As the coronavirus (COVID-19) pandemic took the world by storm, public health departments across the country asked a significant number of “non-essential businesses” to close their doors or have their employees work from home. These orders not only impacted the private sector but the educational system and government offices throughout the country, including the U.S. Citizenship and Immigration Services (USCIS).
On March 18, 2020, USCIS suspended its in-person services at the agency’s field offices, as well as its application support centers and asylum offices, a move made by USCIS to slow down the spread of COVID-19. “USCIS offices will begin to reopen on May 4 unless the public closures are extended further. Employees in these offices are continuing to perform mission-essential services that do not require face-to-face contact with the public,” according to USCIS.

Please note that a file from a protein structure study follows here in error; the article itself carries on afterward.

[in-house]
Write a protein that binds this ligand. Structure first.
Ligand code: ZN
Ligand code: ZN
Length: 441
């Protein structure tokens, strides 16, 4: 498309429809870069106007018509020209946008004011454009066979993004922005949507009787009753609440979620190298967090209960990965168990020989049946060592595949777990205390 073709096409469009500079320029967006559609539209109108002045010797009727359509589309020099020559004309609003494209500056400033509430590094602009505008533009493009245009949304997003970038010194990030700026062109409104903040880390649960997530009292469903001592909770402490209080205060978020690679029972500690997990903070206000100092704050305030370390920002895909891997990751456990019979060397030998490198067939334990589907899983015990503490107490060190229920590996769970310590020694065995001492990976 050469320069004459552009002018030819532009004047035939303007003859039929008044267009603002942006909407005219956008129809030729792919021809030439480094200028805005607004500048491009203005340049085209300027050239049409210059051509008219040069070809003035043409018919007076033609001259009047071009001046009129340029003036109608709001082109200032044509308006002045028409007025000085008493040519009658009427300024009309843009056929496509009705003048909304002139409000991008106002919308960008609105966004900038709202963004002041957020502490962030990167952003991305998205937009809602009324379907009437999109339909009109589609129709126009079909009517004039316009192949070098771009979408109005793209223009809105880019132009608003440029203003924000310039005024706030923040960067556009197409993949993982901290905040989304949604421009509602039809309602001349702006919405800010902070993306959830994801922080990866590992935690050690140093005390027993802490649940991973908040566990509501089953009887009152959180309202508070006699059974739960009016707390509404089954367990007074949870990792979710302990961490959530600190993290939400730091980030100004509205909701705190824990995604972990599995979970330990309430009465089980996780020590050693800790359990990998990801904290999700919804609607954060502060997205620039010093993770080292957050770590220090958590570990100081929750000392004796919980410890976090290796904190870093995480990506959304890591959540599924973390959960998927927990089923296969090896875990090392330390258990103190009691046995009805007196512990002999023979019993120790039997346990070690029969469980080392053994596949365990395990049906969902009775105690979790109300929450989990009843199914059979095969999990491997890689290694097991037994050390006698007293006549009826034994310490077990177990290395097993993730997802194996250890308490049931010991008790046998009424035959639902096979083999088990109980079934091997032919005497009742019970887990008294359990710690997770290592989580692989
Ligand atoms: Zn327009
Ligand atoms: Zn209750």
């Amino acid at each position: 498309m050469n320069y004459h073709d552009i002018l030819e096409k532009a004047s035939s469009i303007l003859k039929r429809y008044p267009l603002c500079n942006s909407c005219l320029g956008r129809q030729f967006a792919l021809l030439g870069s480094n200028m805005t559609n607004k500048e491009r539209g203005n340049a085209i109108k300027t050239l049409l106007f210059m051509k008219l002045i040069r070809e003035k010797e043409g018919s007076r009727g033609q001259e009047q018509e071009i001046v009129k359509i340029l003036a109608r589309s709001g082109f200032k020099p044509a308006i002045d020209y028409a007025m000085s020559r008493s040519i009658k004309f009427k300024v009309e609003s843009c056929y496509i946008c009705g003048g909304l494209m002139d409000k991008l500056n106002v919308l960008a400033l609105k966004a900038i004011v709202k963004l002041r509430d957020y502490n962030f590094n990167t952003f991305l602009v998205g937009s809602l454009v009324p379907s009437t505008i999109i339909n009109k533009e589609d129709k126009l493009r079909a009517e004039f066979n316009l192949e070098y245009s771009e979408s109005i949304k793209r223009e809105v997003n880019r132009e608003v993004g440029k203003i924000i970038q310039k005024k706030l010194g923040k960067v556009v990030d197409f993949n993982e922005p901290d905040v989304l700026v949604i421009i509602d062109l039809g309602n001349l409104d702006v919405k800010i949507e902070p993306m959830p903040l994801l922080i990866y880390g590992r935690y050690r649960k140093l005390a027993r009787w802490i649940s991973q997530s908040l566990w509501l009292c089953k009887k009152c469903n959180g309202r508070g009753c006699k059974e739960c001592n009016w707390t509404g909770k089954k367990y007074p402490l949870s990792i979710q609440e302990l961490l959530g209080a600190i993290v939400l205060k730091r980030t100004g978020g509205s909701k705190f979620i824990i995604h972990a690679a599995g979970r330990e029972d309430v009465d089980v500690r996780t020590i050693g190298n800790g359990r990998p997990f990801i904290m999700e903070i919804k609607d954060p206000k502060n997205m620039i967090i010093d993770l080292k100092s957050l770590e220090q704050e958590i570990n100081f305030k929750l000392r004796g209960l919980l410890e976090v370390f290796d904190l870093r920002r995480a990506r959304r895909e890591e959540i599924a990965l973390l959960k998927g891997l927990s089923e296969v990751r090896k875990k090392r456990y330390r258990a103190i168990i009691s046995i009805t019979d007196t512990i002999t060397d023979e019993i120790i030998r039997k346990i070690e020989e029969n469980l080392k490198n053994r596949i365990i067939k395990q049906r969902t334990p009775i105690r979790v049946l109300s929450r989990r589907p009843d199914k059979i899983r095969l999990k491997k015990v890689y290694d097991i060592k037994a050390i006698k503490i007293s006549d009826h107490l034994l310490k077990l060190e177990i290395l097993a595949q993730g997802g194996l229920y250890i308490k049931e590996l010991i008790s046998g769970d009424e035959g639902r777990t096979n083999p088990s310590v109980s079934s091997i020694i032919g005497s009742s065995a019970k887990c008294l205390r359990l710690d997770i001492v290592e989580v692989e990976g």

What if I Had an Appointment?
Did you already have an appointment with one of the USCIS’s field or asylum offices or support centers? If so and you are affected by the temporary closure, USCIS should be mailing out an interview cancelation notice to you. USCIS will automatically reschedule your interview and send you a new notice with the new date, time, and location of your interview. Once USCIS re-opens and resumes its normal activities, it will automatically reschedule application support center (ASC) appointments. You can expect to receive a new appointment letter in the mail.
As the nation combats the COVID-19 pandemic, USCIS encourages you to visit the CDC’s website. The agency urges you to practice social distancing, wash your hands frequently with soap, stay home if you feel sick, cover your coughs and sneezes with a bent elbow, avoid all non-essential travel, work from home if possible, call your doctor if you have symptoms of COVID-19 (coughing, fever, shortness of breath), clean frequently-touched surfaces daily, and avoid greetings involving handshakes or hugs